When:
May 9, 2018 @ 6:00 pm – 7:00 pm
2018-05-09T18:00:00-06:00
2018-05-09T19:00:00-06:00
Where:
Teton County Library Ordway Auditorium
125 Virginian Ln
Jackson, WY 83001
USA
Cost:
Free
Contact:
3077341999

26 April 2012, Dora Klayman speaks to Bill Benson as part of the First Person Program

Join the JHJC in welcoming Dora Klayman to Jackson Hole. She will give a free talk to the public on Wednesday, May 9 at the Library. Most of Dora’s family was murdered in the Holocaust and Dora will recount her journey as a survivor. All are welcome to attend this important event.

 

 

 

From the USHMM website: BORN: JANUARY 31, 1938, ZAGREB, YUGOSLAVIA 

Theodora Klayman was born Teodora Rahela Basch in Zagreb, Yugoslavia, on January 31, 1938. Her father, Salamon, owned and operated a small brush manufacturing plant. Her mother, Silva, a teacher, grew up in Ludbreg, a small town in northwest Croatia, where her father, Josef Leopold Deutsch, served as the community rabbi for more than 40 years.

The Nazi Invasion of Yugoslavia Theodora Klayman
In April 1941, while Teodora—whom the family called “Dorica”—was visiting her grandparents and extended family in Ludbreg, Nazi Germany invaded Yugoslavia. Croatia came under the control of the fascist Ustaša regime, which collaborated with the Nazis. By June, Teodora’s parents and infant brother, Zdravko, were arrested. Their housekeeper was able to get Zdravko released from jail and his mother’s family then took him to Ludbreg. Teodora and Zdravko’s father was deported to the Jasenovac concentration camp and their mother to Stara Gradiska, a subcamp of Jasenovac.

In Ludbreg, Teodora and Zdravko were first sheltered by their grandparents, but by 1942, nearly the entire Jewish community of Ludbreg had been deported, including their grandparents and their mother’s sister Blanka Apler and her family. All were soon killed in Jasenovac. Teodora and Zdravko were left behind with their mother’s sister Gizela (Giza) Vrančić and her Catholic husband, Ljudevit (Ludva).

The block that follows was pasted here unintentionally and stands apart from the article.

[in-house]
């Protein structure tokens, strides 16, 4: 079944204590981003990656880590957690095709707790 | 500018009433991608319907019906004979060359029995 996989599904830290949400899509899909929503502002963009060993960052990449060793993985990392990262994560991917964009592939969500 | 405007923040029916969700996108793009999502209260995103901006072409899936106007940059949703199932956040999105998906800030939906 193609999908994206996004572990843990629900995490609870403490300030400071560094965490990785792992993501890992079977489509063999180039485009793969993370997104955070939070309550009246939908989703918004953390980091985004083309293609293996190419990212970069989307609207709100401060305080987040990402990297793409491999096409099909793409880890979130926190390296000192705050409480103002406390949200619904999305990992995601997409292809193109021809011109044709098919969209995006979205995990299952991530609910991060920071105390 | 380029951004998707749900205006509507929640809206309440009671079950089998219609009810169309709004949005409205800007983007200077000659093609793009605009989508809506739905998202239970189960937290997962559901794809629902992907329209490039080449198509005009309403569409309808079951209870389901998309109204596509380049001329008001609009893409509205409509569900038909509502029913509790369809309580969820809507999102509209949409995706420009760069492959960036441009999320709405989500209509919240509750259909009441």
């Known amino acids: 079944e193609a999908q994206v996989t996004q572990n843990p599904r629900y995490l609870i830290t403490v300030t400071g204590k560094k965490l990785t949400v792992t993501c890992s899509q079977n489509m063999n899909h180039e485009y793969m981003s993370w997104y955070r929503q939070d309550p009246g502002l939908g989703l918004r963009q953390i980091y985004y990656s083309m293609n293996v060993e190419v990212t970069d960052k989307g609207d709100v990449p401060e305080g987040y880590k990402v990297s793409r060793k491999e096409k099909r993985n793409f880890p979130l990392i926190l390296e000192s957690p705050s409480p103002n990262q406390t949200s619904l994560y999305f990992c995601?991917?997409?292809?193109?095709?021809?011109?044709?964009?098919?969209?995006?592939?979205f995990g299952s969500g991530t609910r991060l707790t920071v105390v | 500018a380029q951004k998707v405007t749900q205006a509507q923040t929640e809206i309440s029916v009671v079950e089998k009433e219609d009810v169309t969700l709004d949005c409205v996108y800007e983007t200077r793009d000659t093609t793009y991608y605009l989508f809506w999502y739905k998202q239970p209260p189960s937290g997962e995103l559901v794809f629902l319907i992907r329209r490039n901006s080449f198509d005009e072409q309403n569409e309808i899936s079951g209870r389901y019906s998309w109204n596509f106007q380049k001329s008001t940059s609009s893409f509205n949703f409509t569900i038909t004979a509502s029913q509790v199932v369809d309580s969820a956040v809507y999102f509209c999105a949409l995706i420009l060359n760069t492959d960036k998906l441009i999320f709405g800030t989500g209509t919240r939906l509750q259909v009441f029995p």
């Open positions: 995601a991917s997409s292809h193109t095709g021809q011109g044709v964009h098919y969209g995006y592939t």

After Liberation
After liberation, Ljudevit, realizing that Teodora and Zdravko’s parents had been killed, legally adopted the children. Sadly, Zdravko died of scarlet fever soon after. Teodora remained with her uncle, attending high school in Varazdin and then the University of Zagreb. In 1957, she was invited to live in Switzerland with her paternal uncle, Josef Basch, and his family so she could study at the University of Lausanne.

On her way to Switzerland, Teodora met Daniel Klayman, a Jewish American research chemist who was en route to his native New York after a year spent as a postdoctoral Fulbright scholar in India. After corresponding with Teodora for a year, Daniel returned to Switzerland and the two married in the fall of 1958. Later they settled in the Washington, DC, area.

Today
The recipient of degrees from the University of Maryland in French and in teaching English as a second language, Teodora—now Theodora Klayman—taught in the Maryland public school system for 30 years. She has two children and three grandchildren and has volunteered at the United States Holocaust Memorial Museum since 1999.